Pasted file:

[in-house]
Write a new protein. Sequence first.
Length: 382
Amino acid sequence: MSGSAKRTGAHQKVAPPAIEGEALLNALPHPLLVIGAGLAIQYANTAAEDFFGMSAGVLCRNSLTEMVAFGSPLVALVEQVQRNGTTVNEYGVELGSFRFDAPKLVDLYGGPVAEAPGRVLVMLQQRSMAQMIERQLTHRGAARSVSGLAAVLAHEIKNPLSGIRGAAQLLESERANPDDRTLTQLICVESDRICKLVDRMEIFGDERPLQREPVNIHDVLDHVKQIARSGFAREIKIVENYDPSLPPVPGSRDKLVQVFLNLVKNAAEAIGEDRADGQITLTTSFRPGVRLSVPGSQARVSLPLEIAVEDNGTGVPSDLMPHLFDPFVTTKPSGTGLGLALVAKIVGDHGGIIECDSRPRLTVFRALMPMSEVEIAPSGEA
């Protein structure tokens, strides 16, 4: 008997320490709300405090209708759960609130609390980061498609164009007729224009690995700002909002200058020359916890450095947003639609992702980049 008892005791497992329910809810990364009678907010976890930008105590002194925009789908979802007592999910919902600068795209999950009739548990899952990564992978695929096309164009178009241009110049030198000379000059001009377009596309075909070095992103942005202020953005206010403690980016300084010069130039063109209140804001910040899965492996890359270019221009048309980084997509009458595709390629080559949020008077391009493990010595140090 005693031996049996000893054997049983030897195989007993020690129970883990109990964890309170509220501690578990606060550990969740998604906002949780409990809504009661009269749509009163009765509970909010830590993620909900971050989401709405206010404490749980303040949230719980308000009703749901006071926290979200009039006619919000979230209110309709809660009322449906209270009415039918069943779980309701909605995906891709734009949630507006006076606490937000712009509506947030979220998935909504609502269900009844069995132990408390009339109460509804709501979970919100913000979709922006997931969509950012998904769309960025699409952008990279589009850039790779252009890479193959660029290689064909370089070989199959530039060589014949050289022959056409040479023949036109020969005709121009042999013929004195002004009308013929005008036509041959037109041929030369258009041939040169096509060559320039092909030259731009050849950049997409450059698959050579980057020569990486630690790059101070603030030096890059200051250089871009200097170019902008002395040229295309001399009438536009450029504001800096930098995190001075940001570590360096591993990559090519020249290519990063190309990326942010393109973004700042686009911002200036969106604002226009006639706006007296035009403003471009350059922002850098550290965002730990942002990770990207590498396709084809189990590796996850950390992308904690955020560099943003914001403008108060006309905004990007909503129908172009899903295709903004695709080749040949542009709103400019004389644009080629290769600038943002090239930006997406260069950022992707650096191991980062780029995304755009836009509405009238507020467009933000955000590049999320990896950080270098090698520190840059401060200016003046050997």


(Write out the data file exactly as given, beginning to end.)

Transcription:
[in-house]
Write a new protein. Sequence first.
Length: 382
Amino acid sequence: MSGSAKRTGAHQKVAPPAIEGEALLNALPHPLLVIGAGLAIQYANTAAEDFFGMSAGVLCRNSLTEMVAFGSPLVALVEQVQRNGTTVNEYGVELGSFRFDAPKLVDLYGGPVAEAPGRVLVMLQQRSMAQMIERQLTHRGAARSVSGLAAVLAHEIKNPLSGIRGAAQLLESERANPDDRTLTQLICVESDRICKLVDRMEIFGDERPLQREPVNIHDVLDHVKQIARSGFAREIKIVENYDPSLPPVPGSRDKLVQVFLNLVKNAAEAIGEDRADGQITLTTSFRPGVRLSVPGSQARVSLPLEIAVEDNGTGVPSDLMPHLFDPFVTTKPSGTGLGLALVAKIVGDHGGIIECDSRPRLTVFRALMPMSEVEIAPSGEA
């Protein structure tokens, strides 16, 4: 008997320490709300405090209708759960609130609390980061498609164009007729224009690995700002909002200058020359916890450095947003639609992702980049 008892005791497992329910809810990364009678907010976890930008105590002194925009789908979802007592999910919902600068795209999950009739548990899952990564992978695929096309164009178009241009110049030198000379000059001009377009596309075909070095992103942005202020953005206010403690980016300084010069130039063109209140804001910040899965492996890359270019221009048309980084997509009458595709390629080559949020008077391009493990010595140090 005693031996049996000893054997049983030897195989007993020690129970883990109990964890309170509220501690578990606060550990969740998604906002949780409990809504009661009269749509009163009765509970909010830590993620909900971050989401709405206010404490749980303040949230719980308000009703749901006071926290979200009039006619919000979230209110309709809660009322449906209270009415039918069943779980309701909605995906891709734009949630507006006076606490937000712009509506947030979220998935909504609502269900009844069995132990408390009339109460509804709501979970919100913000979709922006997931969509950012998904769309960025699409952008990279589009850039790779252009890479193959660029290689064909370089070989199959530039060589014949050289022959056409040479023949036109020969005709121009042999013929004195002004009308013929005008036509041959037109041929030369258009041939040169096509060559320039092909030259731009050849950049997409450059698959050579980057020569990486630690790059101070603030030096890059200051250089871009200097170019902008002395040229295309001399009438536009450029504001800096930098995190001075940001570590360096591993990559090519020249290519990063190309990326942010393109973004700042686009911002200036969106604002226009006639706006007296035009403003471009350059922002850098550290965002730990942002990770990207590498396709084809189990590796996850950390992308904690955020560099943003914001403008108060006309905004990007909503129908172009899903295709903004695709080749040949542009709103400019004389644009080629290769600038943002090239930006997406260069950022992707650096191991980062780029995304755009836009509405009238507020467009933000955000590049999320990896950080270098090698520190840059401060200016003046050997």